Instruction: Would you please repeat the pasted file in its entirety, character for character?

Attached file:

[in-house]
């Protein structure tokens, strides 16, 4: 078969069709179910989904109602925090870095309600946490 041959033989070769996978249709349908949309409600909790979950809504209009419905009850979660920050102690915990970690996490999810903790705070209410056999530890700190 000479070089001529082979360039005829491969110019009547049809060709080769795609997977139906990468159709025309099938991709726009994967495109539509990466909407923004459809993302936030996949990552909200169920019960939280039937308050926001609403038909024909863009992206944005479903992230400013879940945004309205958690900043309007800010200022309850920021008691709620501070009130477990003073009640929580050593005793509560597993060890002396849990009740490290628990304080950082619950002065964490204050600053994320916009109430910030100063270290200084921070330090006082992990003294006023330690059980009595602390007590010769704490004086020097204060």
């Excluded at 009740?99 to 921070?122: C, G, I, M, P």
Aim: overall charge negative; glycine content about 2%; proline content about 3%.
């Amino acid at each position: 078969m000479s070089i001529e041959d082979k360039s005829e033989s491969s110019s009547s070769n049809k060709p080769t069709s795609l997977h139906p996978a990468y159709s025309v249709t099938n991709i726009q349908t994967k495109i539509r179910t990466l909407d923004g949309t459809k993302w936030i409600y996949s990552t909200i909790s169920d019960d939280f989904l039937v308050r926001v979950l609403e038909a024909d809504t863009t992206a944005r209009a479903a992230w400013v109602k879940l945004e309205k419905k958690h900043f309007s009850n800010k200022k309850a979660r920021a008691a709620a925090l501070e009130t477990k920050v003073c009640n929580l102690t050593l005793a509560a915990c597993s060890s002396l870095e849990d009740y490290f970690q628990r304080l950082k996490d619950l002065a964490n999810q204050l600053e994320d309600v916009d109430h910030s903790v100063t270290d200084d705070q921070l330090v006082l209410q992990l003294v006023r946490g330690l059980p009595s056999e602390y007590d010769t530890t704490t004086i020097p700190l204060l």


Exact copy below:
[in-house]
């Protein structure tokens, strides 16, 4: 078969069709179910989904109602925090870095309600946490 041959033989070769996978249709349908949309409600909790979950809504209009419905009850979660920050102690915990970690996490999810903790705070209410056999530890700190 000479070089001529082979360039005829491969110019009547049809060709080769795609997977139906990468159709025309099938991709726009994967495109539509990466909407923004459809993302936030996949990552909200169920019960939280039937308050926001609403038909024909863009992206944005479903992230400013879940945004309205958690900043309007800010200022309850920021008691709620501070009130477990003073009640929580050593005793509560597993060890002396849990009740490290628990304080950082619950002065964490204050600053994320916009109430910030100063270290200084921070330090006082992990003294006023330690059980009595602390007590010769704490004086020097204060």
């Excluded at 009740?99 to 921070?122: C, G, I, M, P």
Aim: overall charge negative; glycine content about 2%; proline content about 3%.
């Amino acid at each position: 078969m000479s070089i001529e041959d082979k360039s005829e033989s491969s110019s009547s070769n049809k060709p080769t069709s795609l997977h139906p996978a990468y159709s025309v249709t099938n991709i726009q349908t994967k495109i539509r179910t990466l909407d923004g949309t459809k993302w936030i409600y996949s990552t909200i909790s169920d019960d939280f989904l039937v308050r926001v979950l609403e038909a024909d809504t863009t992206a944005r209009a479903a992230w400013v109602k879940l945004e309205k419905k958690h900043f309007s009850n800010k200022k309850a979660r920021a008691a709620a925090l501070e009130t477990k920050v003073c009640n929580l102690t050593l005793a509560a915990c597993s060890s002396l870095e849990d009740y490290f970690q628990r304080l950082k996490d619950l002065a964490n999810q204050l600053e994320d309600v916009d109430h910030s903790v100063t270290d200084d705070q921070l330090v006082l209410q992990l003294v006023r946490g330690l059980p009595s056999e602390y007590d010769t530890t704490t004086i020097p700190l204060l």